Backing onto the existing building on 34, rue Dombasle, the project is a six storey structure located at the corner of two streets which mirrors the design of the neighbouring building, without the seventh floor. The building’s lower section is made up of grey stone panels. The street-facing façade of the neighbouring school building aligns exactly with the rear of the new structure. The narrow, slender western façade thus serves as the figurehead for this corner of the plot. Occupying the corner of the built volume, it is the same height as the buildings along rue Dombasle. On the west side, the corner’s façade is glazed from top to bottom. The façade is composed of randomly distributed panels, and provides external spaces along its entire width. Large non-abutting sliding panels extending from floor to floor provide this side of the edifice with graceful proportions. This system of fixed and sliding, opalescent and transparent glass panels gives the narrowest of the corner façades a sophisticated evanescence.
On the north side, the six storey façade overlooking the street features a number of vertical, cream white limestone panels covering a single storey – some of them fixed, others sliding. Identical to one another, they form an untreated façade. The joinery is in anthracite grey aluminium on the outside, while the guardrails express the same vocabulary as the ones on the glass corner units, or, in other words, the glazed surfaces range in tone from opalescent to transparent.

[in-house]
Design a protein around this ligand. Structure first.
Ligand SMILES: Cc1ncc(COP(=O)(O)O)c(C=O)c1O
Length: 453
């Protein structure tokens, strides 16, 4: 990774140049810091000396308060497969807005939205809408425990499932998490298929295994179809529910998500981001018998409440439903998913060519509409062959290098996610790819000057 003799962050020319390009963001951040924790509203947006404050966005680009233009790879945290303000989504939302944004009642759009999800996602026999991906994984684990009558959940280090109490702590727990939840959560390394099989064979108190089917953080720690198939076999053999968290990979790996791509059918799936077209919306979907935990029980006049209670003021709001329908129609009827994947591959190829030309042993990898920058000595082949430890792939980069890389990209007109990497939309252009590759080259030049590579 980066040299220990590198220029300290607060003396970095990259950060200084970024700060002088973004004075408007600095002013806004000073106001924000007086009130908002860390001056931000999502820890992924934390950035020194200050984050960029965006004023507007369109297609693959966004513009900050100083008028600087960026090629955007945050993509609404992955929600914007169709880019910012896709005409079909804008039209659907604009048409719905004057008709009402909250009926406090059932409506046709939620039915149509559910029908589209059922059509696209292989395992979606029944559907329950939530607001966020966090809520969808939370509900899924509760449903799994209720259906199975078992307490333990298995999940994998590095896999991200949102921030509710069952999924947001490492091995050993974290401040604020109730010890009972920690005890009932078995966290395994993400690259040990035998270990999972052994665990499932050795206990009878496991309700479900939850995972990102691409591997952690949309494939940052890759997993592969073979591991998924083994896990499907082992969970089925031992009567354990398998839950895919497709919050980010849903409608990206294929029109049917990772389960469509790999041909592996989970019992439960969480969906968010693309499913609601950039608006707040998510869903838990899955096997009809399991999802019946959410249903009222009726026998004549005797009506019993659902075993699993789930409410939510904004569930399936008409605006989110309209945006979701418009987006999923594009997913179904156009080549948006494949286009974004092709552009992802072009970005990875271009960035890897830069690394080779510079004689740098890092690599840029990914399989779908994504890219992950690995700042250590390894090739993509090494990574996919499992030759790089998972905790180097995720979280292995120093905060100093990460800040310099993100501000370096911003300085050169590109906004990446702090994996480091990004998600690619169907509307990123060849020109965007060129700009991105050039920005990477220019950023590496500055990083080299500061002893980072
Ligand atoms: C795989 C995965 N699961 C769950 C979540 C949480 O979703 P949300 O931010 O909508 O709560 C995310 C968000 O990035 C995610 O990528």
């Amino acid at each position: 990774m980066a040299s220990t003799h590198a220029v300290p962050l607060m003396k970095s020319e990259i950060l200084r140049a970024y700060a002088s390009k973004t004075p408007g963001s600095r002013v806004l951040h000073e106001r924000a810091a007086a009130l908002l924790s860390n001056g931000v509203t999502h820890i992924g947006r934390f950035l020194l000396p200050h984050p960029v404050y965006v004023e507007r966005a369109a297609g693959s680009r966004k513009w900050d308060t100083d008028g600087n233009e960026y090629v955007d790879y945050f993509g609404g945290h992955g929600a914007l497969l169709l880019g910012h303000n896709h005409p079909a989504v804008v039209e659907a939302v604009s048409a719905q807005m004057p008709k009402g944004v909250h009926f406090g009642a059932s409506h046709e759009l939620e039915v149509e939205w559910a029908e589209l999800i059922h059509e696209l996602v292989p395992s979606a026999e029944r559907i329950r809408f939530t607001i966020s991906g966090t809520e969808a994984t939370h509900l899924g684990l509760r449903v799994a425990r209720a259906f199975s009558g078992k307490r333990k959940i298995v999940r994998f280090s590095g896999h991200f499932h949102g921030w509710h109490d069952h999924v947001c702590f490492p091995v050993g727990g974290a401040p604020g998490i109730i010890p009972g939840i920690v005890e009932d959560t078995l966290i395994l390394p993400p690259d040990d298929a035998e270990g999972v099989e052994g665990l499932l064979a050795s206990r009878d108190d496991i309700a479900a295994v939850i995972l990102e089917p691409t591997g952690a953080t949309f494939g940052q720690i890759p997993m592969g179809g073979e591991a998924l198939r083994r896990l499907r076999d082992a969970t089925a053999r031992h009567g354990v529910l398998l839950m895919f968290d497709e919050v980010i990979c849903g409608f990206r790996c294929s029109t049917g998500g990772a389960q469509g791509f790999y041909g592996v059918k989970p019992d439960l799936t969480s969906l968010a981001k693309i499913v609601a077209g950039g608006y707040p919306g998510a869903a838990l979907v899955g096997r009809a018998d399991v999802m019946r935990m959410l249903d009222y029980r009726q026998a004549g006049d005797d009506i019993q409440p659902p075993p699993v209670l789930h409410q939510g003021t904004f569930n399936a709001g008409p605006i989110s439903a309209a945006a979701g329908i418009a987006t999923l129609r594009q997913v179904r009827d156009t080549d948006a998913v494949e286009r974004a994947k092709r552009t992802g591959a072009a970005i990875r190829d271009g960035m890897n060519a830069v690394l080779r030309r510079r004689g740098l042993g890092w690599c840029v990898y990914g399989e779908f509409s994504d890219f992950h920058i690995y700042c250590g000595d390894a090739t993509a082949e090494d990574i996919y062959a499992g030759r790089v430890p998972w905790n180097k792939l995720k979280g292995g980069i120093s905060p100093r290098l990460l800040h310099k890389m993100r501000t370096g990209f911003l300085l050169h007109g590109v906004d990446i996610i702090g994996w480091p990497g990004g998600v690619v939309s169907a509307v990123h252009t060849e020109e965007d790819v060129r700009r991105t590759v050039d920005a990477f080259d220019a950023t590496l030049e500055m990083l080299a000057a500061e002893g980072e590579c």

The composition of the panels, bay windows, and balconies is synchronised, both horizontally and vertically, with that of the neighbouring façade, and the width of the three associated panels is equal to that of the columns defined by the large windows of the neighbouring building. Thus, by echoing its design and materials, the new façade mirrors the composition of the general façade of the plot on rue Dombasle.